The thoughts of recent grads, some who now teach, may have changed over the past few months, if their perspective hadn’t already shifted when they entered the work force. What my students this semester would have given for thoughtful critical editions produced by Baylor Bears who came before them!

It has been suggested to me several times that the Washington Irving website be a digital hub for Washington Irving research. We should provide digitized texts of his writing and scholarly electronic publications about his writing.

Agreed!

Any volunteers?

I’m teasing you. Well, sort of. I’ll start small today. I’m creating a link on this website called Digital Irving. May this link flourish into something meaningful as we realize the importance of an online presence for Washington Irving.

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CB picture 2019

Until next week, stay healthy! And please feel free to add to the conversation wherever you like: Twitter, Facebook, on this page. Comments are very much welcomed. If you need a reply, please message me at Tracy_Hoffman@baylor.edu. I try to respond to Washington Irving Society-related email on Wednesdays, and I also try to update the WIS page on Washington Irving Wednesdays. When the semester gets crazy, my responses might be pushed into the future, but I’ll probably respond on some Wednesday nevertheless.

Published in: on May 6, 2020 at 10:20 pm  Leave a Comment  

Corona Babies, Emerging Irving Scholars: Potential Outcomes from 2020

photo of girl sitting on sofa while using tablet

–Photo by Julia M Cameron on Pexels.com

BY TRACY HOFFMAN
President of the Washington Irving Society

Wednesday, April 22, 2020

We joke about a baby boom after couples “shelter in place,” but I’m wondering who else might emerge from the COVID-19 pandemic. Might we have a scholarly boom?

Is it possible that ten or twenty years from now, Washington Irving scholars extraordinaire will credit this time period for changing the trajectory of their lives?

This thought may seem a little out there, but it’s not that far-fetched. Turning points in my life can’t be attributed to pandemic, but they were often times of “quarantine.”

I’m stir crazy about right now, and I’ll readily admit that. But I usually view being alone to write and study and research as a treat rather than a punishment. So how did I get this way?

Though the answer is more complicated than I’m about to present, let me throw out two incidences which formed my bookish ways.

First off, in sixth grade, my parents moved me out of private school and into public school. I was so far ahead that my teacher often sent me to the library. She gave me projects to complete after I finished my normal daily work. I spent many hours in the library and learned to appreciate my quiet time there. I can still recall unrolling a gigantic, yellow scroll, jam-packed with my drawings and fun facts found in the library, during our unit about ancient civilizations.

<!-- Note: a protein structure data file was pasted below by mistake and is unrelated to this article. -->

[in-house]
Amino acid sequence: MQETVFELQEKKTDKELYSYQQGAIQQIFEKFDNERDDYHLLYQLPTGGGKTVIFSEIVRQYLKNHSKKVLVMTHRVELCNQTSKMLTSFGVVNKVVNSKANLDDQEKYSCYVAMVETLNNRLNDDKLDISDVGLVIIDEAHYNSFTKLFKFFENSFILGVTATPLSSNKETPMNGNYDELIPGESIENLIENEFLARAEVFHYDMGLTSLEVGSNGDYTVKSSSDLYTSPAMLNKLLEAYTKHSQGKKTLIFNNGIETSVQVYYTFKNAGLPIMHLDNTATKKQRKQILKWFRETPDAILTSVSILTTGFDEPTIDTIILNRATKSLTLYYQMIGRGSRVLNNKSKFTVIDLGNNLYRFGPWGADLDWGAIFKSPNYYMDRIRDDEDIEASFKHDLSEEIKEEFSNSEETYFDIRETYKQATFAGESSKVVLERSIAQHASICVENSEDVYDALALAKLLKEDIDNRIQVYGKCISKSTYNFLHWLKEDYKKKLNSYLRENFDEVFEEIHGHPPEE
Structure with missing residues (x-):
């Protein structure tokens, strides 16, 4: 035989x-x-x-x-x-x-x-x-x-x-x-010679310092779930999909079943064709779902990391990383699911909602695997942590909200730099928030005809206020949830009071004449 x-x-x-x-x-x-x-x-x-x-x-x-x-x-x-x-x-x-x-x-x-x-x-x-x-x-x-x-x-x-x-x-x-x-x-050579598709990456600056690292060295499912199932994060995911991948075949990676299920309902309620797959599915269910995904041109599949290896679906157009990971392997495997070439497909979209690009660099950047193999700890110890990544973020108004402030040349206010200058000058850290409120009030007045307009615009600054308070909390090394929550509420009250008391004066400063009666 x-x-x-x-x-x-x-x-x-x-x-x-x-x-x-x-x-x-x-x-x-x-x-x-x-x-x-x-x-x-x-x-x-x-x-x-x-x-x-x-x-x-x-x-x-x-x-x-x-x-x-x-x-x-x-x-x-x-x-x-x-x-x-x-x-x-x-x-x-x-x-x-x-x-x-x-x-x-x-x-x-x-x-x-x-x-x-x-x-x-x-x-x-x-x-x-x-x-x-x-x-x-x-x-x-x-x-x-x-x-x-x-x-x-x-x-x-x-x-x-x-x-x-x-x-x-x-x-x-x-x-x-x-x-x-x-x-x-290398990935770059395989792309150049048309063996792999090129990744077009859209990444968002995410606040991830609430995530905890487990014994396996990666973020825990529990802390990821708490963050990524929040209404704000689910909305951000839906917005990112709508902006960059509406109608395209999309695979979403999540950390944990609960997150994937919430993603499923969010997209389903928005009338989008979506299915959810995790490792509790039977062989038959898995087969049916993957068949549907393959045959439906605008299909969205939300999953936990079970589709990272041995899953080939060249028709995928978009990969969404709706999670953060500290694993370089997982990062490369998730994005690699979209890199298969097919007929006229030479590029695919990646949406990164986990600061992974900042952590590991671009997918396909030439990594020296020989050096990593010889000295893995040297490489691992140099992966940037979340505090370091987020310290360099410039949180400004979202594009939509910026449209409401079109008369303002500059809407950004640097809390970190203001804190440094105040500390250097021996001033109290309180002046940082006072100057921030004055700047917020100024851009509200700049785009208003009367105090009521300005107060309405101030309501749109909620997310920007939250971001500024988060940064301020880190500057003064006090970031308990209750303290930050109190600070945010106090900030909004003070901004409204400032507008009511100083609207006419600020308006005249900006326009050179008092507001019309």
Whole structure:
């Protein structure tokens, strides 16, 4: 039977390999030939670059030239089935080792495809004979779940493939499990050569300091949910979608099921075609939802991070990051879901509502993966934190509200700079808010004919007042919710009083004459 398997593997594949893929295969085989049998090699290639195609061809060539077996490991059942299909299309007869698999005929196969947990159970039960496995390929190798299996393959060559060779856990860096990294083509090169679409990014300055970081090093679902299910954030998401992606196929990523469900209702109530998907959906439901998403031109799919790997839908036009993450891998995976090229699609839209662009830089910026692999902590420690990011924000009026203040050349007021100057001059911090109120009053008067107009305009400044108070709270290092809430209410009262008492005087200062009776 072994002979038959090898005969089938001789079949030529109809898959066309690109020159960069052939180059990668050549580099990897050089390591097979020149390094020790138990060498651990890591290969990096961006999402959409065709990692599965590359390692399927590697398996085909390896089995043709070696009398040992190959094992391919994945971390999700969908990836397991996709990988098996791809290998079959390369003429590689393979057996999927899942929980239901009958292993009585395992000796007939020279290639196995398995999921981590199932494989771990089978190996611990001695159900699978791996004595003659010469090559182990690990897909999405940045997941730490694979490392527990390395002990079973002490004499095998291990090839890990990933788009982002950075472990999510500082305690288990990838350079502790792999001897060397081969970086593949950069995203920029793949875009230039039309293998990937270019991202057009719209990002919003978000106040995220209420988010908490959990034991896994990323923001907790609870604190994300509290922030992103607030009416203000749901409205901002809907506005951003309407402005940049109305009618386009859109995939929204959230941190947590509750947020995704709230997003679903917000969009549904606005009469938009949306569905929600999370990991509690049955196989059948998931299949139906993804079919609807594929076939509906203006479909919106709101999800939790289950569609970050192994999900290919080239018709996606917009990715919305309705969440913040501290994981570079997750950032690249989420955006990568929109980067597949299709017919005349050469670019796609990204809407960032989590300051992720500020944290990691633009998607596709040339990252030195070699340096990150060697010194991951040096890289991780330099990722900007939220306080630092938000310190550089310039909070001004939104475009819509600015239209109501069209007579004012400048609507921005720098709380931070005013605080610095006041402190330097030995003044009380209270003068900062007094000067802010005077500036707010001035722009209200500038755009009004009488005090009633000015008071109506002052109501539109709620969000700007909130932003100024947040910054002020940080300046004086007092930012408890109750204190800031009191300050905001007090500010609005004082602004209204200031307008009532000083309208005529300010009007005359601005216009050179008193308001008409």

Secondly, after graduating from college, while on the job market, I had so much time on my hands that I started reading “great books” because I finally had time to read them. I can still remember crying through David Copperfield by Charles Dickens. Having that extra time to read and enjoy the reading—well, it did something to me.

In the past few weeks, I’m noticing a shift in my students. English majors and non-English majors alike are valuing the literature in ways I never expected. Having the extra time to actually do the reading and enjoy it, rather than skimming through, is unprecedented. They’re typically juggling very busy spring schedules with reading for my class.

I’m not saying that all business majors will switch to English Literature, nor am I saying all pre-med students will now minor in creative writing. But I do think students, of all ages, will emerge from 2020 with a new sense of who they are and what they value. And some may learn, for the first time, the joy of contemplation, thinking, researching, reading, and writing.

We could easily have more academics on our hands in the future, and let’s hope some of them find purpose in Washington Irving studies.

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Until next week, stay healthy! And please feel free to add to the conversation wherever you like: Twitter, Facebook, on this page. Comments are very much welcomed. If you need a reply, please message me at Tracy_Hoffman@baylor.edu. I try to respond to all Washington Irving Society-related email on Wednesdays, and I also do my best to update the WIS page on Washington Irving Wednesdays.

Published in: on April 22, 2020 at 1:51 pm  Comments (1)  

Mona Lisa in a Selfie World: Rebooting Our Appreciation for Washington Irving, Leonardo DaVinci, the Arts

mona lisa with face mask

Photo by cottonbro on Pexels.com

BY TRACY HOFFMAN
President of the Washington Irving Society

Wednesday, April 8, 2020

This morning, I’m thinking about places I traveled in 2019 and into 2020 before we were grounded: Paris, Boston, New York, Chicago, and Houston. I even made my annual Texas trips to Galveston and Palo Duro Canyon. And I’m thankful for getting away when I did.

One thing that struck me at the Louvre was how visiting the Mona Lisa has changed. I’ve visited previously, even rushed groups of students through the exhibits, but the last time I went, we took digital cameras. The iphone had not yet arrived.

What saddened me in May 2019 was the whole Mona Lisa experience. The museum was packed, but the Louvre is always packed during high season. I kept telling people in my tour group that Mona Lisa would be worth the wait: